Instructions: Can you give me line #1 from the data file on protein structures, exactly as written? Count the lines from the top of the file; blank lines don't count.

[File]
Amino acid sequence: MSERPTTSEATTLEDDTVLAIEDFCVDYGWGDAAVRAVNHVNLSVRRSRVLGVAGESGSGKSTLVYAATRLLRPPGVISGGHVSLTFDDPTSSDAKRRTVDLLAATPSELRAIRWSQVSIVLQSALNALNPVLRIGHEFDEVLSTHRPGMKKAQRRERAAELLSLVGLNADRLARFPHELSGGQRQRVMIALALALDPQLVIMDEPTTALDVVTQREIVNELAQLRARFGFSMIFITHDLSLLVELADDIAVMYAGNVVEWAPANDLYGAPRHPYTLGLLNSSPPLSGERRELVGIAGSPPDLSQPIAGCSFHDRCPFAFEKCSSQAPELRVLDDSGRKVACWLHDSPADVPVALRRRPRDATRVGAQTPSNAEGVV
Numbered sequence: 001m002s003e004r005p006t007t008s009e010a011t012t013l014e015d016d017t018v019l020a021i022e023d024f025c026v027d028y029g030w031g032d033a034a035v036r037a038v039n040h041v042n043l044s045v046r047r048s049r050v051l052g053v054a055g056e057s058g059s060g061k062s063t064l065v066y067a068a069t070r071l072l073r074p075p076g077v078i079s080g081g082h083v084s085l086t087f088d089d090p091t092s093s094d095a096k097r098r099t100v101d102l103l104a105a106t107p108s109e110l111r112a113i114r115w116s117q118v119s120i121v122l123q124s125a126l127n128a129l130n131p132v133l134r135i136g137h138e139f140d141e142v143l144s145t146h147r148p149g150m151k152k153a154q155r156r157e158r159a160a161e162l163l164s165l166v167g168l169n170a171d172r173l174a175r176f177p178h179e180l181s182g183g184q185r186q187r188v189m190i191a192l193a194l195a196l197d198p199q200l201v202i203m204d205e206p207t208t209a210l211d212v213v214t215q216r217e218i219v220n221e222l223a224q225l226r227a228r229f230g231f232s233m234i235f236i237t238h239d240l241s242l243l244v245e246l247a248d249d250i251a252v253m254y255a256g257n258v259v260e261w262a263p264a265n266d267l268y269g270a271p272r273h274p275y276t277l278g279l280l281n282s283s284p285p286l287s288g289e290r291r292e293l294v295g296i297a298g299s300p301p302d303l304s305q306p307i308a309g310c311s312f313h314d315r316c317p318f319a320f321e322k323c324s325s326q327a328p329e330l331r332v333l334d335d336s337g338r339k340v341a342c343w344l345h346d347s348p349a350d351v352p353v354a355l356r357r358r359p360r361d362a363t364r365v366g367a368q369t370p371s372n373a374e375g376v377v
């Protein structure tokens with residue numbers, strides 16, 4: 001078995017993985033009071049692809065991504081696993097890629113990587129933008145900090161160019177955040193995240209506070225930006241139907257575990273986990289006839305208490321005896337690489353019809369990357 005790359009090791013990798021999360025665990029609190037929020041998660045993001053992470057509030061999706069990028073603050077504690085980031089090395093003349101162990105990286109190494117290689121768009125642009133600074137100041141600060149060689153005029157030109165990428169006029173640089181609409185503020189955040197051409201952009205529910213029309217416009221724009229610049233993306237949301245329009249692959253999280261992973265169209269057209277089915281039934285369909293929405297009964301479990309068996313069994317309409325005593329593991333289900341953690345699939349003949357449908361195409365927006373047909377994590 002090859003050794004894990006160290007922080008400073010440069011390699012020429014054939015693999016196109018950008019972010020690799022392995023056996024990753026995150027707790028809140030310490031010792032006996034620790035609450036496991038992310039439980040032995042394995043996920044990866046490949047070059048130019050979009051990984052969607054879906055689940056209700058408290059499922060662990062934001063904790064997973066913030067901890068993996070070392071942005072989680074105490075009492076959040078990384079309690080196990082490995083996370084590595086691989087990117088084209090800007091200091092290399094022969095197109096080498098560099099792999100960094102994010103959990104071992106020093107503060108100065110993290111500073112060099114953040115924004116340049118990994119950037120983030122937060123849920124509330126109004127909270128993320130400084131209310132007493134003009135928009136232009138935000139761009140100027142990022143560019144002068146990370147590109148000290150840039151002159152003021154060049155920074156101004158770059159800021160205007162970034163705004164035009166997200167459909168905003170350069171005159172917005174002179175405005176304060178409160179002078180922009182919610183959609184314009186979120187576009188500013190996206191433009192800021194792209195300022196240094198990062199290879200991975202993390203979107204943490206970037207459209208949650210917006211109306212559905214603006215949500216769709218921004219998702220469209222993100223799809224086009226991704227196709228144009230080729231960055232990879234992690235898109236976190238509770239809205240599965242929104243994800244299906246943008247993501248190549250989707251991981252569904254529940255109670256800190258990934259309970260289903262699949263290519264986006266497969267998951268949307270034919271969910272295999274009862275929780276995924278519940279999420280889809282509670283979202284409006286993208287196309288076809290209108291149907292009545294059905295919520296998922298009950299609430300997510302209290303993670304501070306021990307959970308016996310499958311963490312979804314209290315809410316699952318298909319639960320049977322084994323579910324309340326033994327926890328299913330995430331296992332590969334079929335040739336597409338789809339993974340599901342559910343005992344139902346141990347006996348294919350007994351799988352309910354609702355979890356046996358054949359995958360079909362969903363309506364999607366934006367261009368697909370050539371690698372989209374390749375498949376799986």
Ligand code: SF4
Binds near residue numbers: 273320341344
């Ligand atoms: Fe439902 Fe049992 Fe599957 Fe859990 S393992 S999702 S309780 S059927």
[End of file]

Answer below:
Amino acid sequence: MSERPTTSEATTLEDDTVLAIEDFCVDYGWGDAAVRAVNHVNLSVRRSRVLGVAGESGSGKSTLVYAATRLLRPPGVISGGHVSLTFDDPTSSDAKRRTVDLLAATPSELRAIRWSQVSIVLQSALNALNPVLRIGHEFDEVLSTHRPGMKKAQRRERAAELLSLVGLNADRLARFPHELSGGQRQRVMIALALALDPQLVIMDEPTTALDVVTQREIVNELAQLRARFGFSMIFITHDLSLLVELADDIAVMYAGNVVEWAPANDLYGAPRHPYTLGLLNSSPPLSGERRELVGIAGSPPDLSQPIAGCSFHDRCPFAFEKCSSQAPELRVLDDSGRKVACWLHDSPADVPVALRRRPRDATRVGAQTPSNAEGVV